firstName: "Joe",
              lastName: "Schmoe",
              email: "jschmoe@alsofake.com",
              state: "RI",
              pets: [ { type: "dog", name: "fido" }, { type: "cat", name: "fluffy" } ]
}

You can see how this type of data storage might be advantageous for your application's data.  Nesting data in this fashion makes it easier to read at a glance than it would be in a relational database, where the pets might be in their own separate table.

To run a query that will return all the contacts that have cats, you would simply request:

db.contacts.find( {"pets.type":"cat"} )

To run a query that will return all the contacts that have cats named Fluffy, you would request:

db.contacts.find( {$and: [{"pets.type":"cat"},{"pets.name":"fluffy"}]} )

These are just a few simple examples of how to query data with a non-relational database, and they should be enough to get you started in your testing.  To learn more, be sure to read the documentation for the type of database you are using.  As non-relational databases become increasingly popular, this knowledge will be extremely useful.  


Saturday, June 29, 2019

Testing With Relational Databases

In last week's post, I discussed various ways to test your application's database.  In order to verify that your data has been saved correctly, you'll need to query the database, and the way to query the database will depend on what type of database you have.  In the past, most databases were relational, but in recent years there has been a trend towards using non-relational databases.  In this week's post, I'll address relational databases, and in next week's post, I'll talk about non-relational databases.



Relational databases, such as MySQL and Microsoft SQL Server, are based on tables.  Each table relies on a schema, which defines what columns will be in the table, what data types they will have, and which columns will accept null values.  Here's an example of a typical SQL table:


contactId
firstName
lastName
email
phone
city
state
10000
Prunella
Prunewhip
pprunewhip@fake.com
8005551000
Phoenix
AZ
10001
Joe
Schmoe
jschmoe@alsofake.com
NULL
NULL
RI

Note that there are seven different columns in the table.  The first column in the table, contactId, is the primary key for the table. This will be a unique value; there will never be two contactIds with the same value. 

With a relational database, the schema remains unchangeable, so when Joe Schmoe is added to the database without a phone or city, those places in the table need to be filled with NULL.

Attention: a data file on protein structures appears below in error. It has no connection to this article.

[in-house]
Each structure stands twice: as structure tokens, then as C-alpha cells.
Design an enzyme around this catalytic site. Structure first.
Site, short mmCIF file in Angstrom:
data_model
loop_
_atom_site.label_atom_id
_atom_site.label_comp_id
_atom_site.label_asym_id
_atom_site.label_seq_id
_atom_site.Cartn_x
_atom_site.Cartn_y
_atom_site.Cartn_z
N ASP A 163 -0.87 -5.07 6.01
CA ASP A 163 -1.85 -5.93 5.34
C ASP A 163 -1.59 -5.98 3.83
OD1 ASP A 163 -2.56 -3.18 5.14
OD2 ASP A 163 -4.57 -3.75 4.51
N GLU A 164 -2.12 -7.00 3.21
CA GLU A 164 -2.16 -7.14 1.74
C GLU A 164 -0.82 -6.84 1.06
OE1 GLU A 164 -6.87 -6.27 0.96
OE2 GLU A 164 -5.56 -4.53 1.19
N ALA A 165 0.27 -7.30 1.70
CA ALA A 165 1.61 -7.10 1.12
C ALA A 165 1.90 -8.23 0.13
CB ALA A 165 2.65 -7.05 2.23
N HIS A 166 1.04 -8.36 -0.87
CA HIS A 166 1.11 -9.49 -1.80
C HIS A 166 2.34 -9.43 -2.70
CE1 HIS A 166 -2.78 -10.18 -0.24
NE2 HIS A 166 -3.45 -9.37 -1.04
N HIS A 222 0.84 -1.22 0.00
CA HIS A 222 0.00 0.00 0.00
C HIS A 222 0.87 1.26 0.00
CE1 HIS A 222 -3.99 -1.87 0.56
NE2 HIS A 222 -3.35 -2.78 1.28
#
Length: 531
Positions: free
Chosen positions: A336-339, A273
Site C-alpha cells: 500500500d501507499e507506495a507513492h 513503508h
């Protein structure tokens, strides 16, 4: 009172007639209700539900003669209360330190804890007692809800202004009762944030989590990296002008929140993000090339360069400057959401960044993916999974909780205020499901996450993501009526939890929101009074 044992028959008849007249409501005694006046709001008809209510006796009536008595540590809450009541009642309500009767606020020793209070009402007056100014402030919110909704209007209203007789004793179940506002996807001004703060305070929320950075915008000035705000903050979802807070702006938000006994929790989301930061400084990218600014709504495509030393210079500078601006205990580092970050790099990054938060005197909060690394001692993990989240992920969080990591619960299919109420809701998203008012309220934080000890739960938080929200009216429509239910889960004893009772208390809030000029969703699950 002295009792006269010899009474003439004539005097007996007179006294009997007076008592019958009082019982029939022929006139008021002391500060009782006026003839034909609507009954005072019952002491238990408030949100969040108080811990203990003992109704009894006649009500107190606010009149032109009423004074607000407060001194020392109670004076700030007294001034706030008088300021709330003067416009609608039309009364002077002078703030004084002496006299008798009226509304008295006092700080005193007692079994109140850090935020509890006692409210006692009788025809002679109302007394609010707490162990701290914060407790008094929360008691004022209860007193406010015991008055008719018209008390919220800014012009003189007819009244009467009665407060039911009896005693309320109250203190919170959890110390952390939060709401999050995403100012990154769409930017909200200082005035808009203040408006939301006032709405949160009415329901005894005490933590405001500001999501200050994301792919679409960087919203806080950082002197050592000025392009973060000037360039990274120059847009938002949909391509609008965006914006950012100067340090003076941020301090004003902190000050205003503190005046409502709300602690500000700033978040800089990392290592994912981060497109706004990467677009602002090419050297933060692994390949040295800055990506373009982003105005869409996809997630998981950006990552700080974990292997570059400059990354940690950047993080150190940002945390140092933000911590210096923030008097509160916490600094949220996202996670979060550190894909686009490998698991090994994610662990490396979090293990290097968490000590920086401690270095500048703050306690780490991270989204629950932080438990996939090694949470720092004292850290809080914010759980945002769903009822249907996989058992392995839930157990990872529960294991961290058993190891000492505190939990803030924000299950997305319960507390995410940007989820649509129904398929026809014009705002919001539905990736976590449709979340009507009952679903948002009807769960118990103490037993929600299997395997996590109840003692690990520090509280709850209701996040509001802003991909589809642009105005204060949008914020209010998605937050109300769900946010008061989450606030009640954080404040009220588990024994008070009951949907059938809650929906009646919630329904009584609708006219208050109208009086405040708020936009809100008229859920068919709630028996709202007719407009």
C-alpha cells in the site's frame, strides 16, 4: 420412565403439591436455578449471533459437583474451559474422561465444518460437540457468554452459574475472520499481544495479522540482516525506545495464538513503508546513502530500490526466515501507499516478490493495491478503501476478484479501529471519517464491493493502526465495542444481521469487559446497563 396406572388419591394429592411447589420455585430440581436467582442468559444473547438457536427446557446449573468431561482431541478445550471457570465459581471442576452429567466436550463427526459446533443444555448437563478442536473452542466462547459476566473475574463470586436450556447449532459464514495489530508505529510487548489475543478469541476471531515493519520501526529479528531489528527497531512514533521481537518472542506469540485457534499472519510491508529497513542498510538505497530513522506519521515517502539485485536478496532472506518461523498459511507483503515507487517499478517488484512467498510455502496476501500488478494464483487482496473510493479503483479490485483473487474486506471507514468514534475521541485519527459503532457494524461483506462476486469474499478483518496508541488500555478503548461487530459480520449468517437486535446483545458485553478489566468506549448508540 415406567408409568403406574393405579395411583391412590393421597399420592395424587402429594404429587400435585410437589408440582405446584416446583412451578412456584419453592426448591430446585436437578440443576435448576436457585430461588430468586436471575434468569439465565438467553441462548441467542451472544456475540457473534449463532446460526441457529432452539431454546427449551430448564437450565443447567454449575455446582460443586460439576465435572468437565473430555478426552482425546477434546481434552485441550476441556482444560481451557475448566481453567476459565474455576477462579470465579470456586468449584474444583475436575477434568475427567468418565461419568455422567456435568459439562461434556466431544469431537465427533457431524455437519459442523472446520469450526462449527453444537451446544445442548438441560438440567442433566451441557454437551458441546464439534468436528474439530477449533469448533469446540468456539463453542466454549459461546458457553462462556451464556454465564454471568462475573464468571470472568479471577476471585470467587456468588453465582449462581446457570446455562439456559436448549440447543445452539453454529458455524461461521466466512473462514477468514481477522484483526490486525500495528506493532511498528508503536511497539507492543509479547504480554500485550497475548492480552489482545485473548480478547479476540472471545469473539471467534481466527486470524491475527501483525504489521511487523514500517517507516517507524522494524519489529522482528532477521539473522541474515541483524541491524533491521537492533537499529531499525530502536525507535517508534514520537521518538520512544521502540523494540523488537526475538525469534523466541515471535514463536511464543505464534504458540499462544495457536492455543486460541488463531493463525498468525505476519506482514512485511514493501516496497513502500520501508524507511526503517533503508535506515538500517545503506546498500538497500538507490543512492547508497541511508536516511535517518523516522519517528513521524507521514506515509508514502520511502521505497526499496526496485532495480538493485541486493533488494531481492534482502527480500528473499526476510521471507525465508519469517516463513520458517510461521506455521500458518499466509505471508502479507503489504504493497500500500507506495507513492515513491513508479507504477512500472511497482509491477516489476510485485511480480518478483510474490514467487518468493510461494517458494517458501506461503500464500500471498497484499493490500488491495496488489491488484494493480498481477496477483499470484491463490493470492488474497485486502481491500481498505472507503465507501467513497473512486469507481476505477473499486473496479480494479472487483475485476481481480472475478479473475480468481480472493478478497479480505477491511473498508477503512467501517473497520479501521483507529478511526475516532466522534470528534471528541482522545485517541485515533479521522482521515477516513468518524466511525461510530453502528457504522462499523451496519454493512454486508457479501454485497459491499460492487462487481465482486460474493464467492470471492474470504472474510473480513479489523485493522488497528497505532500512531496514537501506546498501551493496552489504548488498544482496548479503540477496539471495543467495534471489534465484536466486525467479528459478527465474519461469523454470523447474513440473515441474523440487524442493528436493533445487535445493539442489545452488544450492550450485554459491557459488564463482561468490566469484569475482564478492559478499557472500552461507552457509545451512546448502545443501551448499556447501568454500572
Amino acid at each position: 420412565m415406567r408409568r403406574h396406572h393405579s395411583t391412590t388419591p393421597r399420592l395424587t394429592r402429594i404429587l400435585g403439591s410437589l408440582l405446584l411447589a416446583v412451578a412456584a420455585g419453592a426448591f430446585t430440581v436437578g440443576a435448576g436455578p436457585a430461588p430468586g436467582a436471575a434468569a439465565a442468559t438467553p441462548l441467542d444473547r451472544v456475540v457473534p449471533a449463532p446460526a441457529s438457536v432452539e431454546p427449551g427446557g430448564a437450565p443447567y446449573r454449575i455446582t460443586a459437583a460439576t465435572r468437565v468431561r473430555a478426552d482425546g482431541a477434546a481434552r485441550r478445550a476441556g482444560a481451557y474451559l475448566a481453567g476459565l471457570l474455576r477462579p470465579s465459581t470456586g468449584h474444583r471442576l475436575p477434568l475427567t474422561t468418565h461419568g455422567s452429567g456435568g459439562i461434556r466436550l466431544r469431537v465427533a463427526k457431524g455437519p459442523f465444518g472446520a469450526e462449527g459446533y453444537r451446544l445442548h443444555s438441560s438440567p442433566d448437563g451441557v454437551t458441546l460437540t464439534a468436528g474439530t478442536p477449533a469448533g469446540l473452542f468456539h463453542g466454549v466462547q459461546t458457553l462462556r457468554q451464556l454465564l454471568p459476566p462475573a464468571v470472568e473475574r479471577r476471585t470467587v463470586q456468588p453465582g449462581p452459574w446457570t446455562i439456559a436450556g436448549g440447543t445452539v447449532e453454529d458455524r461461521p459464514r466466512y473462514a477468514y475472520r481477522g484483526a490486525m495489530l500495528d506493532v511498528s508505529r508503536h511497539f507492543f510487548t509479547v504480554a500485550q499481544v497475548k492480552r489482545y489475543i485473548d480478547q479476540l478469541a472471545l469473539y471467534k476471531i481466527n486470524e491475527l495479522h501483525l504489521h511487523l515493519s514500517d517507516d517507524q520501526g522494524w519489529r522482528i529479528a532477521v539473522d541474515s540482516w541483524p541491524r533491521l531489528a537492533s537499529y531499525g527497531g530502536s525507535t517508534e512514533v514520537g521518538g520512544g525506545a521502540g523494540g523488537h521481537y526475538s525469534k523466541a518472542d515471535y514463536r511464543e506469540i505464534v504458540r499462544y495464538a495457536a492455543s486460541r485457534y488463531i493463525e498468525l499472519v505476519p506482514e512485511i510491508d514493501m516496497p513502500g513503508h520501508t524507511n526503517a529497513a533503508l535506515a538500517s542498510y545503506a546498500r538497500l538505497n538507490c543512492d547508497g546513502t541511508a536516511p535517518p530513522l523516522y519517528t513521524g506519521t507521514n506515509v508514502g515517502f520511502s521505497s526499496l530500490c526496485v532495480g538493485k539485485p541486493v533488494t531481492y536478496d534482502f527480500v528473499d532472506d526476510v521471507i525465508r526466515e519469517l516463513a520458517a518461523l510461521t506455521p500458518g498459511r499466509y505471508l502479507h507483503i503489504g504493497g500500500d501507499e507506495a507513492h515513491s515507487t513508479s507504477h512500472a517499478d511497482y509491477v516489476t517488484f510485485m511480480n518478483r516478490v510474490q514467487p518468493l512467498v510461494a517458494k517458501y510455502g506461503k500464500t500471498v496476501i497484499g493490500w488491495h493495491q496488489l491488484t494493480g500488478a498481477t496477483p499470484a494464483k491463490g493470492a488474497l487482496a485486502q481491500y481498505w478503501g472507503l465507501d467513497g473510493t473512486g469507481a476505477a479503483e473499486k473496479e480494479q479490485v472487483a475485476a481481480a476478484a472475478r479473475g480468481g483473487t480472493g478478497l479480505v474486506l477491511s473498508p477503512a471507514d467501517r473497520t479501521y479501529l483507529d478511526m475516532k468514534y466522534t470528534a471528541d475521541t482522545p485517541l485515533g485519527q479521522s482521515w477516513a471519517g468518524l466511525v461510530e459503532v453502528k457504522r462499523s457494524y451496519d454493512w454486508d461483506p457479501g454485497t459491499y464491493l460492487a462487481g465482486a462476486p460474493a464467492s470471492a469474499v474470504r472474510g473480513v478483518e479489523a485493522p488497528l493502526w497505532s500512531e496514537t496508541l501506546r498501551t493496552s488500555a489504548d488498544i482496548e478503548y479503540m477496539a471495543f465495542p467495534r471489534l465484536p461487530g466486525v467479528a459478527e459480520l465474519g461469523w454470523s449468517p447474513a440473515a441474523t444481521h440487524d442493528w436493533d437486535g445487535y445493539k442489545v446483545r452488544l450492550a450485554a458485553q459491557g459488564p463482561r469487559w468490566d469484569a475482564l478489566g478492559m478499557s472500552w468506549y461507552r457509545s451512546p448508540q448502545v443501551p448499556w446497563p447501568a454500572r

Tables in a relational database can connect to each other.  Here is a table in the same database that shows the contact's favorite foods:


foodId
contactId
food
1
10000
Pizza
2
10000
Ice cream
3
10001
Sushi


In this table the primary key is the foodId.  But notice that the contactId is present in this table.  The contactId here is the same as the contactId in the first table.  So we can see in this table that Prunella has two different favorite foods, pizza and ice cream, and Joe's favorite food is sushi.

When testing a relational database, you can use SQL query language to verify that the values you are looking for are present in the database.  For example, if you had just added a new contact with the name of Amy Smith to the Contacts table, you could query the database to see if it had been added, like this:

select * from Contacts where lastName = 'Smith' and firstName = 'Amy'

and the query would return a table row in response:


contactId
firstName
lastName
email
phone
city
state
10003
Amy
Smith
amysmith@faketoo.com
8885551001
Boise
ID

In the above query, the asterisk * tells SQL that we want all of the columns for the record returned.

Because this is a relational database, you could also do a query with a join.  A SQL join combines the data from two tables, joining on a column that they have in common.  

In the example above, both columns have the contactId column.  Let's say that you have given your new contact Amy a favorite food (chocolate), and you want to verify that it saved to the database correctly, but you don't know what Amy's contactId is.  You can't just query the Food table for "Amy Smith" because her first and last names aren't in there.  And you can't query the Contacts table for the food, because it's not in that table.  But you could query the Contacts table with that information, get the contactId from that, and then use the contactId to query the Food table for the favorite food.  

This is what such a query would look like:

select food from Foods 
inner join on Contacts 
where Foods.contactId = Contacts.contactId 
and Contacts.firstName  = 'Amy'
and Contacts.lastName = 'Smith' 

and the query will return this response:

food
Chocolate
  

Let's walk through what happens in the query.
select food from Foods - this tells SQL to return just the food column from the Foods table
inner join on Contacts - this tells SQL that the query will be joining information from the Foods table with information from the Contacts table
where Foods.contactId = Contacts.contactId - this is instructing SQL to find the contactIds in the Foods table and match them up with the contactIds from the Contacts table
and Contacts.firstName  = 'Amy' and Contacts.lastName = 'Smith'  - these last two lines are telling SQL that we are only interested in the record with the first name Amy and the last name Smith 

There are many more complicated ways to query a relational database, but with these two query types you will be able to do most of your data validation.  

Be sure to check out next week's post, where I'll talk about how to test with non-relational databases!


The Easiest MongoDB Tutorial on the Web

MongoDB is one of the most popular non-relational databases in use today.  Its versatility, speed, and scalability make it popular with appl...